character of Paparazzo.7 Today, the paparazzo is consistently, formally defined in unflattering terms.8 Their behaviour, which included the taunting of their famous subjects to elicit dramatic reactions, was one of the main reasons why film critic and long-time Fellini friend, Tullio Kezich, wrote that this period in Italy saw “[p]hotographers morph from witnesses of reality to participants and creators of it”.9

The ‘democratisation’ of
celebrity culture

Italy was already in love with glamour and a broadly based celebrity culture by the beginning of the 1950s. For example, Vittorio De Sica’s Miracle in Milan (Miracolo a Milano) premièred in Rome in February 1951; a short film made to mark the gala event and pay tribute to De Sica, a popular actor and acclaimed neorealist director, loses no time documenting the “flood” of eminent persons in attendance. The narrator introduces this exercise by announcing: “Among the celebrities in the audience [are]…”, before declaring “[t]here’s a new film right here in the lobby to be entitled ‘Celebrities in the Flood’”.10 The roll call of glitterati from the Italian film industry and politics occupies nearly half the film’s time, with the camera picking out a generous selection from “the flood” and lingering momentarily on each. They include film producer Dino De Laurentiis; stage and film actress Anna Magnani; film director Mario Camerini; musician and composer Franco De Gemini; actress and 1950s

Italian sex symbol Silvana Pampanini; model and actress Silvana Mangano; American film actress Virginia Belmont; Spanish film actress María Mercader; the British ambassador to Italy, Sir Victor Mallet; and the Italian minister of defence, Randolfo Pacciardi.11

The Italian state, still struggling with the legacy of fascism, encouraged the domestic film industry’s move away from the humanist social criticism of neorealism and toward popular forms of entertainment and escapism that reaffirmed the established order.

It is relevant to note at this point that Miracle in Milan cannot be described as genuinely neorealist in the same way as De Sica’s earlier collaborations with the prominent neorealist theorist and screenwriter Cesare Zavattini; rather, it attracts descriptors such as “[a] generic hybrid [containing] surrealist fantasy elements”, and a “fable that bends towards magic realism”.12 Significant social change accompanied the onset of Italy’s economic boom and rapid industrialisation 1950–70, known as “the economic miracle” (il miracolo economico). These two decades saw Italy become one of the west’s major industrial powers as an estimated 9.1 million Italians migrated internally, mostly from the poor, rural south to the

rapidly expanding cities of the north; in what was “the beginning of a social revolution… ways of life changed profoundly”.13 Among the cultural developments of this period were increasing consumption and a shift in film culture away from the gritty, sometimes stark social commentary of neorealism to a sentimental, happy-ending form of “pink neorealism… prettified comedies [that became] the populist melodrama, which later was assimilated by television and transformed into serialized soap operas”.14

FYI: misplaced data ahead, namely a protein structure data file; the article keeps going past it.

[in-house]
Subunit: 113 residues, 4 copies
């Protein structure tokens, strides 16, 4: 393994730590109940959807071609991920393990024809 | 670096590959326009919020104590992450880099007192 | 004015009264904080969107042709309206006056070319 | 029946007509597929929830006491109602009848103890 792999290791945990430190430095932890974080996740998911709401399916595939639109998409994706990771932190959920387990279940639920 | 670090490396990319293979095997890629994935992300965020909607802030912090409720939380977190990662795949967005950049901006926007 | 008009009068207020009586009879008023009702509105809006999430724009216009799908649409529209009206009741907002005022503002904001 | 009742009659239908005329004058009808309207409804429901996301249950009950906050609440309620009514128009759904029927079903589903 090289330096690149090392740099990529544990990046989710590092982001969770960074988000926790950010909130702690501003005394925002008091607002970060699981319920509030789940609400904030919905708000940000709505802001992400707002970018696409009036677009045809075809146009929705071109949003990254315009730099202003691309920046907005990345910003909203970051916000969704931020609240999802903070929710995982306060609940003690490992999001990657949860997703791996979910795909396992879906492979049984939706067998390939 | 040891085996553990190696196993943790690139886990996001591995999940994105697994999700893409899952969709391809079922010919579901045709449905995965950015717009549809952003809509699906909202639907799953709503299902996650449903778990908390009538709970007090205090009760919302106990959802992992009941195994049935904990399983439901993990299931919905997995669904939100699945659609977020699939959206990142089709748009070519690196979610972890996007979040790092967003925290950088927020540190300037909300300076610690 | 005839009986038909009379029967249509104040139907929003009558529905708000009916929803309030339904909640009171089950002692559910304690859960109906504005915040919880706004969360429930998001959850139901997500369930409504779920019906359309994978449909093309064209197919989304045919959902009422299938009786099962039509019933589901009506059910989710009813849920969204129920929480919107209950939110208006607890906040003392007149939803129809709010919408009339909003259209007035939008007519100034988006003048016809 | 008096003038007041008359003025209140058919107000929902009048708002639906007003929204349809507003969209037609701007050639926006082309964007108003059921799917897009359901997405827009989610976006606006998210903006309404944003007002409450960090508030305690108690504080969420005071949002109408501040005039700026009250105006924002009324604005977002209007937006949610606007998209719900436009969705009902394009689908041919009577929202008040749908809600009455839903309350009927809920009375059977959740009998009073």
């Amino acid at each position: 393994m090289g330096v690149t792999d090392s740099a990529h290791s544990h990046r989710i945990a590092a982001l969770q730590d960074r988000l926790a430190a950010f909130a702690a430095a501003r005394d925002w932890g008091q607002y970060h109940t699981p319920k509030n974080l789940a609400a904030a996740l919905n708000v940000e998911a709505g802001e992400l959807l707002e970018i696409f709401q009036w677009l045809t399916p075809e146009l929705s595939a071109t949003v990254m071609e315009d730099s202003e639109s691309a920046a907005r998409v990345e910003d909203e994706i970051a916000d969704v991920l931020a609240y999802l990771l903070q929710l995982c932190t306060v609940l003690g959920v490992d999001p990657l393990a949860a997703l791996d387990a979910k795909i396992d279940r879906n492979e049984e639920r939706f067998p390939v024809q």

The Italian state, still struggling with the legacy of fascism, encouraged the domestic film industry’s move away from the humanist social criticism of neorealism and toward forms of entertainment and escapism that reaffirmed the established order. In doing so, it stifled the neorealist movement, “crushing [it] as a threat to the restoration of the old society”.15 While the most conservative and reactionary elements in the Italian sociopolitical body, which included the Church, found advantage in promoting cultural product that engaged the population in frivolity and averted attention from the social, political and economic processes that were determining life in the postwar, postfascist country, the general public was by the early 1950s quite prepared to be distracted and “to withdraw from harsh neorealist truth into sentimental comedic reassurances”. At the expense of production standards and artistic

merit, Italian film producers churned out melodramas and comedies, mostly for domestic consumption.16

Perhaps the single event that took celebrity status out of the once-exclusive worlds of socialites, royalty, politicians, cultural figures and film stars was the scandal that developed around the (still-unresolved) death of Wilma Montesi.

In this climate of booming economy, social upheaval, nascent consumer­ism and the popular appetite for a state- and Church-sponsored resurg­ent film industry, perhaps the single event that took celebrity status out of the once-exclusive worlds of socialites, royalty, politicians, cultural figures and film stars was the scandal that developed around the (still-unresolved) death of Wilma Montesi. Montesi was an unremarkable, twenty-one-year-old unmarried woman, an una ragazza qualunque “Anygirl”; her body was found in April 1953 on a lonely beach around thirty kilometres south of her modest family apartment in Rome. The first act of tabloid journalism on the road to more than four years of press-driven “paparazzi” photography and sensationalised scandal was committed the day Montesi’s body was discovered, when Fabrizio Menghini, a writer of light news articles for the gossip-oriented daily Il Messagero di

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